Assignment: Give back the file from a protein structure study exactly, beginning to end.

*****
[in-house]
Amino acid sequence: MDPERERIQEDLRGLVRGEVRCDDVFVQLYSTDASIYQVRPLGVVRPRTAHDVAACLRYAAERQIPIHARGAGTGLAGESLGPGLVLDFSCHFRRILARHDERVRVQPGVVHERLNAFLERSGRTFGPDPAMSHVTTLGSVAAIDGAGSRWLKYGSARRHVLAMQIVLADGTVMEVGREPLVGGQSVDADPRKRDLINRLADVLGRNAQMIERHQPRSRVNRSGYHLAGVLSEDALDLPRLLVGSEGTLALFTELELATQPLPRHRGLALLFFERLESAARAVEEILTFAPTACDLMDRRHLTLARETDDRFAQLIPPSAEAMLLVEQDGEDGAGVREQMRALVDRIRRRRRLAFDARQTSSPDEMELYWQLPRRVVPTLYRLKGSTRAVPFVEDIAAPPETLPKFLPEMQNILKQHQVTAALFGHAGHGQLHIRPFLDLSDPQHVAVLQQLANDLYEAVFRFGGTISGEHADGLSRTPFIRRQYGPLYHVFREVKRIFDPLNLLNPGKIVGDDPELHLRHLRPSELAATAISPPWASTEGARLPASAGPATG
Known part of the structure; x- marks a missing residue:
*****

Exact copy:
[in-house]
Amino acid sequence: MDPERERIQEDLRGLVRGEVRCDDVFVQLYSTDASIYQVRPLGVVRPRTAHDVAACLRYAAERQIPIHARGAGTGLAGESLGPGLVLDFSCHFRRILARHDERVRVQPGVVHERLNAFLERSGRTFGPDPAMSHVTTLGSVAAIDGAGSRWLKYGSARRHVLAMQIVLADGTVMEVGREPLVGGQSVDADPRKRDLINRLADVLGRNAQMIERHQPRSRVNRSGYHLAGVLSEDALDLPRLLVGSEGTLALFTELELATQPLPRHRGLALLFFERLESAARAVEEILTFAPTACDLMDRRHLTLARETDDRFAQLIPPSAEAMLLVEQDGEDGAGVREQMRALVDRIRRRRRLAFDARQTSSPDEMELYWQLPRRVVPTLYRLKGSTRAVPFVEDIAAPPETLPKFLPEMQNILKQHQVTAALFGHAGHGQLHIRPFLDLSDPQHVAVLQQLANDLYEAVFRFGGTISGEHADGLSRTPFIRRQYGPLYHVFREVKRIFDPLNLLNPGKIVGDDPELHLRHLRPSELAATAISPPWASTEGARLPASAGPATG
Known part of the structure; x- marks a missing residue: